We therefore recommend:
- to repeal laws and norms authorizing the police to stop and search without reasonable cause;,
- that norms formulated in a broad way, have to be altered so to limit the discretionary powers of the individual police officer;
- that abusive behaviours should be sanctioned by an independent body;
- that police officers should be obliged to explain the alleged reason for any “stop and search”, those reasons should be given to the subject in a ticket (protocol of the stop and search);
- that there should be programmes to combat unconscious racial bias among police officers;
- that there should be mandatory anti-racism trainings for all police officers especially for those at a higher rank.
We condemn brutality exercised by state authorities, which in grave cases lead to the death of People of African Descent at the hands of the police or in police custody.
We note that there is a lack of prosecution and sanction of racist crime.
We demand a comprehensive investigation on any case of police brutality by an independent task force that should not include active police officers.
We recommend competent independent bodies to protect complainants and comprehensively register allegations of racial discrimination.
We demand standardized and extended research and documentation of police brutality against People of African Descent in Germany and other European states.
We demand justice for victims of police brutality and adequate compensation to their families.
We call for equal access for People of African Descent to the justice system, including the access to effective and adequate remedies.
Therefore we recommend implementing the right to initiate collective legal actions by civil society organisations in incidences of racism and other forms of discrimination. Until now this right is denied in several states including Germany.
We are concerned about the underdevelopment of People of African Descent in European states, reflected in their exclusion from quality education, especially higher education, adequate employment and lack of access to housing. People of African Descent continue to suffer disproportionately from poverty.
We note with concern that community organisations are underfunded, a situation that limits their ability to promote the human rights of People of African Descent in a sustainable manner. We therefore demand the structural and sustainable funding of civil society organizations and their equal access to public funds.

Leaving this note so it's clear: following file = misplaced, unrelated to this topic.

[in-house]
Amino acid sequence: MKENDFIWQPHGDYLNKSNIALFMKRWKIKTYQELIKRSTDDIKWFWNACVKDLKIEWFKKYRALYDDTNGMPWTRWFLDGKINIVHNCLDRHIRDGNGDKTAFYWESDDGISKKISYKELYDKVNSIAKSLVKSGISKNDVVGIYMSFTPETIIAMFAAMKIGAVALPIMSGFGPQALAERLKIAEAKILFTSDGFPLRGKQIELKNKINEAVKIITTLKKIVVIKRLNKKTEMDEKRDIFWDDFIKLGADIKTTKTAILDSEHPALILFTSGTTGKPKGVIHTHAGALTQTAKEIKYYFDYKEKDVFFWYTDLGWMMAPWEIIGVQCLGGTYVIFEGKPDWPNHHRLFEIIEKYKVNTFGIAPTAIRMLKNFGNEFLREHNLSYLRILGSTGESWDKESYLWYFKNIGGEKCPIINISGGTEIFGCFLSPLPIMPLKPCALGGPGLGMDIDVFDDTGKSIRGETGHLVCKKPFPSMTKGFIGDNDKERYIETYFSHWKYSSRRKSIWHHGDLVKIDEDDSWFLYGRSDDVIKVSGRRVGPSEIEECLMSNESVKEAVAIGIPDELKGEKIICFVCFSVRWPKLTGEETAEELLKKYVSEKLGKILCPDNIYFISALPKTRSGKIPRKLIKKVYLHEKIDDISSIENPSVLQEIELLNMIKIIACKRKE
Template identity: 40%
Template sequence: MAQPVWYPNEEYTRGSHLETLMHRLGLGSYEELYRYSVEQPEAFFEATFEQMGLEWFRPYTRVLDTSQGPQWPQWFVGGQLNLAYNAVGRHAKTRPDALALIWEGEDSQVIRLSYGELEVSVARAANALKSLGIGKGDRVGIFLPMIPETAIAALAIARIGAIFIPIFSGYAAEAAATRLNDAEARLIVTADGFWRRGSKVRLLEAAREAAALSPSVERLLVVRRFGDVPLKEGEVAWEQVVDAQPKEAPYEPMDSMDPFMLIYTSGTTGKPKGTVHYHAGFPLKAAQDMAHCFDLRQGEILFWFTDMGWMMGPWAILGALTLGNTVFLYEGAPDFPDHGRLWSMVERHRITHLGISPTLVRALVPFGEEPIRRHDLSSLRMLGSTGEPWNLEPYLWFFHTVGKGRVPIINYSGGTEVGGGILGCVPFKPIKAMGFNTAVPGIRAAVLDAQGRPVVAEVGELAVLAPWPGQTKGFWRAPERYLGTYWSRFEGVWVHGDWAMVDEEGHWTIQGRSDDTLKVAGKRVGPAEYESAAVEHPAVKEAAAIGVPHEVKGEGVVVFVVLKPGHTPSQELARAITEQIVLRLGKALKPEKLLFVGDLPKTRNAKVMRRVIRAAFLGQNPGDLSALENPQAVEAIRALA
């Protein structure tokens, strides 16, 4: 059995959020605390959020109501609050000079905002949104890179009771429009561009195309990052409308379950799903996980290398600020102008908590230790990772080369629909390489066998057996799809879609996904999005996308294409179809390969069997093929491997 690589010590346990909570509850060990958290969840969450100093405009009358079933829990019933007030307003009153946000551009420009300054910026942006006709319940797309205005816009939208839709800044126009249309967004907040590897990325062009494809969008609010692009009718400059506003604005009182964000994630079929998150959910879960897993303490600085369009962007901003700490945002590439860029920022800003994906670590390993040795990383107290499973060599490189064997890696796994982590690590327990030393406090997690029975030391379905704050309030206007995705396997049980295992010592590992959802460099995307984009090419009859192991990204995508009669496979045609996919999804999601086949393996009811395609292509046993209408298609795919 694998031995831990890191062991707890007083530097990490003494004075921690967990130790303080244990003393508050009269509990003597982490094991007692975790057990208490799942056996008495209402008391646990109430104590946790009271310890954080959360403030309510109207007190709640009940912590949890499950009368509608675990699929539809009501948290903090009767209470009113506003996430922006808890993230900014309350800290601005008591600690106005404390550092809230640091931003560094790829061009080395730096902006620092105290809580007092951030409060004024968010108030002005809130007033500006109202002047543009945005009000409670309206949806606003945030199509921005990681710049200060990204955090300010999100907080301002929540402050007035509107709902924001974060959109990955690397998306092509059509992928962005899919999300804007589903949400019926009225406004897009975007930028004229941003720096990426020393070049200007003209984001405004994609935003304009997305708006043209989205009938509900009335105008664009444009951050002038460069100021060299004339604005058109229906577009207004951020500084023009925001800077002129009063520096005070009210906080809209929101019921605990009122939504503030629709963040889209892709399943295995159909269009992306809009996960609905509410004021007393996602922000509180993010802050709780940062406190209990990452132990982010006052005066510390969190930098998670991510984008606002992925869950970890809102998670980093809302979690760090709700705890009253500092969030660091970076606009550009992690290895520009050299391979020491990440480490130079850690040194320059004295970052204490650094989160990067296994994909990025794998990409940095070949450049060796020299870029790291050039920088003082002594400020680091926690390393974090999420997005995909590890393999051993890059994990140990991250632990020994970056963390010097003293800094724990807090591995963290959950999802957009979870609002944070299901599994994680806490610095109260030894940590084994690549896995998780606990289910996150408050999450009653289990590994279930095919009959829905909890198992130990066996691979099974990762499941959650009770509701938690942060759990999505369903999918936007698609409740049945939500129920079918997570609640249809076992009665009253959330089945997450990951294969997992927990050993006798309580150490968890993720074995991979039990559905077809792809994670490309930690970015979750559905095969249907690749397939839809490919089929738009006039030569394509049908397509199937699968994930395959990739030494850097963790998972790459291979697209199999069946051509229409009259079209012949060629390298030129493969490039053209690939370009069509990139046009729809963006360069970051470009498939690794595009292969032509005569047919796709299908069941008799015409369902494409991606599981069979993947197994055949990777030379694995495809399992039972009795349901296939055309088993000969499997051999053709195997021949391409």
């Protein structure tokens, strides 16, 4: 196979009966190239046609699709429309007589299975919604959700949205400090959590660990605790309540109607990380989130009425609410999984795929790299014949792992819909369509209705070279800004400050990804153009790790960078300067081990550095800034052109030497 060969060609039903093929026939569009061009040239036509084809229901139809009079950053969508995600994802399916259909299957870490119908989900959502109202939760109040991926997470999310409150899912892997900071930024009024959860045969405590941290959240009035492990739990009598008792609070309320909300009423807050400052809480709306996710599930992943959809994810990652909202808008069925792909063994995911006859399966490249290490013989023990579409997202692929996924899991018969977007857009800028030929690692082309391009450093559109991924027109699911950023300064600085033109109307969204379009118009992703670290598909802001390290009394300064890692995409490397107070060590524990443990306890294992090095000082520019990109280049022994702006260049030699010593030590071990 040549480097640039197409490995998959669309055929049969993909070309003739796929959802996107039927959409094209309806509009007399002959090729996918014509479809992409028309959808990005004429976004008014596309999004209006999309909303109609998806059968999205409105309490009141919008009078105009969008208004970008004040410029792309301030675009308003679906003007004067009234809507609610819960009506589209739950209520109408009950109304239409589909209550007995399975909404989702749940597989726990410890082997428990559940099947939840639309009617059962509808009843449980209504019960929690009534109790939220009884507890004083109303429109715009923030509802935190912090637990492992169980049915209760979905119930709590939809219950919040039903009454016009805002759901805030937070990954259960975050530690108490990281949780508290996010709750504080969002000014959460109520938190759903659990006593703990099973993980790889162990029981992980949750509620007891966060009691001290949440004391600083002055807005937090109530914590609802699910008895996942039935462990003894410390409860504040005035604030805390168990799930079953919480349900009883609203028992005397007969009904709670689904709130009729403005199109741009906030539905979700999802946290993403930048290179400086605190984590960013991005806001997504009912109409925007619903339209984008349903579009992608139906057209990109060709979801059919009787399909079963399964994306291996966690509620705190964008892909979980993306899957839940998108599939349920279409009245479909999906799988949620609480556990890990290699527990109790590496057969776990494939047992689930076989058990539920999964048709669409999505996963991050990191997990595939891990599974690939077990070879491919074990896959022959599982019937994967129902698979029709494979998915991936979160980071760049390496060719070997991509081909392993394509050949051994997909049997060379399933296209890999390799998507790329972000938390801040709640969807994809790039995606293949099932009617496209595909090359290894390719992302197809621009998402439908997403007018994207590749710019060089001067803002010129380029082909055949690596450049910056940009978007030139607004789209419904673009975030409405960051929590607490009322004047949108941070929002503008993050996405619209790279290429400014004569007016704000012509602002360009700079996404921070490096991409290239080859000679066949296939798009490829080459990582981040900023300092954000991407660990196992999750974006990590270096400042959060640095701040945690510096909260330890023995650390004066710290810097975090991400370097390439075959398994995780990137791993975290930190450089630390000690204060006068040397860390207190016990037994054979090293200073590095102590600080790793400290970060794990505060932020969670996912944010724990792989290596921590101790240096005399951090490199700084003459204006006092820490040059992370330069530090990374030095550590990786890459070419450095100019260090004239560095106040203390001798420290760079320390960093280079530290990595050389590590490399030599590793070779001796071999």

Germany has one of the lowest levels of social mobility. People of African Descent are especially vulnerable to this social imbalance undermining their economic, social, political and cultural rights.
We note that data trends demonstrate that People of African Descent systematically have higher unemployment rates than the national average of the German population.
We therefore demand to take positive measures to address the structural disadvantages of People of African Descent in the field of employment, including:
- establishing public duties to promote equality and increase diversity within all public bodies;
- developing special measures and traineeships for People of African Descent;
- creating subsidised government schemes and guidelines that encourage diversity in private companies at all levels;
- strengthening rules and practices of labour inspections to combat exploitation of migrants and reinforce complaint mechanisms for access to legal redress for migrants.
We note that racism has a negative impact on the health of People of African Descent by causing trauma leading to mental and physical health problems.
We demand to conduct health outreach activities in cooperation with African Descent populations to better inform communities of how they can progress in utilising health systems.
We note with great concern that students of African Descent face institutional discrimination and exclusion by teachers, counsellors, administrators, as well as students based on their skin colour, ranging from stereotyping to unduly placing children of African Descent in segregated, special and/or vocational education schooling.
We therefore demand to take steps to combat racism, individual and structural discrimination in the educational system. This should include:
- providing vocational training on non-discrimination and diversity for school administrators and teachers;